PATRICK J. McAULEY

Private | Royal Marine Light Infantry

While the entire world was at war since 1914, many men saw only a glimpse of a foreign land, much of which was limited to their narrow view of the front from miserable trenches.  For a seagoing private of the Royal Marines, the war was a much different experience that could take one from the North Sea across the Atlantic and around the horn of Africa into exotic seas.  Patrick McAuley spent fifteen months at the China Station, so a world tour was a familiar and welcome experience despite the looming tide of war.

 

After Britain’s commitment to war, the H.M.S. Exmouth joined the Grand Fleet to work in the Northern Patrol and later joined the Channel Fleet, participating in bombardment of Zeebrugge in late November 1914 and ultimately on to the Dardanelles in mid-1915 as flagship of Admiral Nicholson.  As she had been fitted with heavy anti-torpedo nets, she was the only ship to remain off the coast of the Gallipoli Peninsula after three others – the Goliath, Triumph and Majestic – had been torpedoed.

 

While this was thrilling duty frequently filled with work and drill, McAuley was most engaged in his life as a Marine when the detachment went ashore.  At Milo the landing was uneventful, but on December 1, 1916 the scheduled landing at Athens deteriorated from a simple operation to a rout that took the lives of six fellow Marines.  In the pre-dawn light between three and five, the shore party of three battalions of French and British seamen and Marines marched from Piraeus to the hills overlooking Athens.  In the British company of the third battalion, McAuley arrived at the Zappeion theater by nine.  The Zappeion was a gorgeous, sprawling building of the expected classic Greek style with beautiful gardens and tiled atriums and even from a distance on the hills on which the detachment was posted, it was magnificent.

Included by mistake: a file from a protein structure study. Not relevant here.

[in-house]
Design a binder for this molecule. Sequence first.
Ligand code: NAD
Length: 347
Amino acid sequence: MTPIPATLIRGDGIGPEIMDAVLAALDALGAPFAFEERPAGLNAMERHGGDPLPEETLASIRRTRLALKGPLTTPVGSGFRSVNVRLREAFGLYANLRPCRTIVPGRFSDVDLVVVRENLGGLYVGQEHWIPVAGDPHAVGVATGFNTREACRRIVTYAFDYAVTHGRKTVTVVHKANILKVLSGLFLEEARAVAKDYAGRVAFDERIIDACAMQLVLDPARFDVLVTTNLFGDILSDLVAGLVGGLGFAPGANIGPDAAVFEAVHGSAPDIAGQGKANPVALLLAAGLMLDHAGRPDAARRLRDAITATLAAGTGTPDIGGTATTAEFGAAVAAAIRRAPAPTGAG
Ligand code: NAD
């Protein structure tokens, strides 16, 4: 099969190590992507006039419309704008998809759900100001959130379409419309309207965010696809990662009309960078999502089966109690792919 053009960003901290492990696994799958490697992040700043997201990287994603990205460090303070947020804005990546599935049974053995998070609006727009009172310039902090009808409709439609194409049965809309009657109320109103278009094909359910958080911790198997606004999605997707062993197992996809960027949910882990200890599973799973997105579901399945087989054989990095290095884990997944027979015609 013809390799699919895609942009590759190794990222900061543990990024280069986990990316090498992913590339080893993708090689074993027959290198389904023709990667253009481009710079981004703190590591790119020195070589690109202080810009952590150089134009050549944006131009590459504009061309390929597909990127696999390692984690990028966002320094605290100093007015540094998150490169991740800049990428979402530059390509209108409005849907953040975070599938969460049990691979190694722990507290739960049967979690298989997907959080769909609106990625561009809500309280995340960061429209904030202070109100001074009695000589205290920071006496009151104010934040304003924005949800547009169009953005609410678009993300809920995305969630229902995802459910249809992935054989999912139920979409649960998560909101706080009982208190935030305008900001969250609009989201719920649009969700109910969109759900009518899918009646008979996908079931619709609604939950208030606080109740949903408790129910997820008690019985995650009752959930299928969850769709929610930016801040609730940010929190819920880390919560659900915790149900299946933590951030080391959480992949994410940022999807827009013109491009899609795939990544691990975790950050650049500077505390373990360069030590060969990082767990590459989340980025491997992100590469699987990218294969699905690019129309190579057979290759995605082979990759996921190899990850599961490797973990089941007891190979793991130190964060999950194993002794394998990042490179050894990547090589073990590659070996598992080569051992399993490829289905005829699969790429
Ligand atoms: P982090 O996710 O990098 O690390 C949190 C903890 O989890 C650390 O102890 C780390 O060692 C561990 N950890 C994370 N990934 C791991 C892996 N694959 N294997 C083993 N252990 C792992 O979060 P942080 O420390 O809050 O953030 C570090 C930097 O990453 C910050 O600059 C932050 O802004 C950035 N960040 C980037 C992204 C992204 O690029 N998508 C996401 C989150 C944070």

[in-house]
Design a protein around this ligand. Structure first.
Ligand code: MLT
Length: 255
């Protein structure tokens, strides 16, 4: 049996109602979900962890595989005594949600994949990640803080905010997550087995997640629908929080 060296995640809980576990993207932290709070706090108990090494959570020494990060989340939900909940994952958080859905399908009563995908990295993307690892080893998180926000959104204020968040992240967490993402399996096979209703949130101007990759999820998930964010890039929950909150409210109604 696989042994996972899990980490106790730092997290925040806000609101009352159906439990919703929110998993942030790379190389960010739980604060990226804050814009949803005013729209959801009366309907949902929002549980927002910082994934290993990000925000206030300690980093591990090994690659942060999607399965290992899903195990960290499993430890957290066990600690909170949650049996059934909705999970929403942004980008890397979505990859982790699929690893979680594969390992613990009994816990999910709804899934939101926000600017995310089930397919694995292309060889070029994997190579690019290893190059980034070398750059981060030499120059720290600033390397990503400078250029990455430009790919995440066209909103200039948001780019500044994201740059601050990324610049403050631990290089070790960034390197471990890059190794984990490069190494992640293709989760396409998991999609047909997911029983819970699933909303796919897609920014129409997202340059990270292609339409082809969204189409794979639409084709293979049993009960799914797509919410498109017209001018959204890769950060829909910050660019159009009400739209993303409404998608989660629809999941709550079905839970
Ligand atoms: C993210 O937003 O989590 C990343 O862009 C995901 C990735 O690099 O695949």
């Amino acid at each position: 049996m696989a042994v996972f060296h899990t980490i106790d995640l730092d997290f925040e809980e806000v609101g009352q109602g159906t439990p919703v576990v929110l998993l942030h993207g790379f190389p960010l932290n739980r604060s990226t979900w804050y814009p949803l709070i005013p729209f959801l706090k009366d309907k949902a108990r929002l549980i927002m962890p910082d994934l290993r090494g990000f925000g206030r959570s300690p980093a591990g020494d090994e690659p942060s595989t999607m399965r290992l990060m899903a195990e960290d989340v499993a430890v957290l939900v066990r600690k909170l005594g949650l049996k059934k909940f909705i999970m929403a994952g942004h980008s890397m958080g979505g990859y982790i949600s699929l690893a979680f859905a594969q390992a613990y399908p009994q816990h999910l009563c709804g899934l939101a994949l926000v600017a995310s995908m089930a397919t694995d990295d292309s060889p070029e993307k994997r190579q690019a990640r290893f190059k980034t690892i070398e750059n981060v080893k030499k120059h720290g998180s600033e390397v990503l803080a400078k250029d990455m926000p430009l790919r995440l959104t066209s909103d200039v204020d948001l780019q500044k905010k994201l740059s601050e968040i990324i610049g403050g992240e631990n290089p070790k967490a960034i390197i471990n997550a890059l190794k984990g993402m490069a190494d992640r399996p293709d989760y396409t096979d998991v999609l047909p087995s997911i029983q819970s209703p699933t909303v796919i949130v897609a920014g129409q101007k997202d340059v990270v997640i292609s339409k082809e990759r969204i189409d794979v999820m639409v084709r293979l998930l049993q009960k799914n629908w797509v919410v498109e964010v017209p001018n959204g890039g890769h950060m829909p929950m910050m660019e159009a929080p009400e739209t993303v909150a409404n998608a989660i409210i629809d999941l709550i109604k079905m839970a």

It was also among the points that the angry Greeks were determined to defend as monuments of their country.  The French and British invasion, though small, had been enough to fuel the Greek forces and they refused to withdraw unless the allies did first and negotiations ensued.  For an hour, nothing occurred but the massing of more Greek troops and at eleven that morning they opened fire at once.  In moments the battle raged and all signs of diplomacy had faded with the rising commotion.   The staunch Greek resistance and feint of surrender forced the Marines from the Zappeion and they retreated to the Phalerum, an ancient port of Athens.  To be fighting on such historical ground was something McAuley only considered in retrospect, for in the moment he and his fellow infantrymen were only trying to stay alive and keep cool for the sake of each other.  As dead and wounded fell, those who were able retrieved the casualties and carried them on to the Phalerum which they held until eleven that night.

 

The exhausting battle was the most notable shore duty for McAuley during his four years on the Exmouth.  They sailed from the Mediterranean to Aden, Bombay, Colombo and Seychelles, the latter a collection of mere pinpoints on a map off the coast of East Africa.  In July 1917 they set sail back for Plymouth by route of Zanzibar, a decision which is lost to time but a welcome voyage for McAuley as he saw Durban, Capetown and Sierra Leone before the long trip north.

Sources:

“The Landing Parties at Athens.” HISTORY OF THE GREAT WAR: Naval Operations, by Henry Newbolt, IV, DIRECTION OF THE HISTORICAL SECTION OF THE COMMITTEE OF IMPERIAL DEFENCE, 1928.

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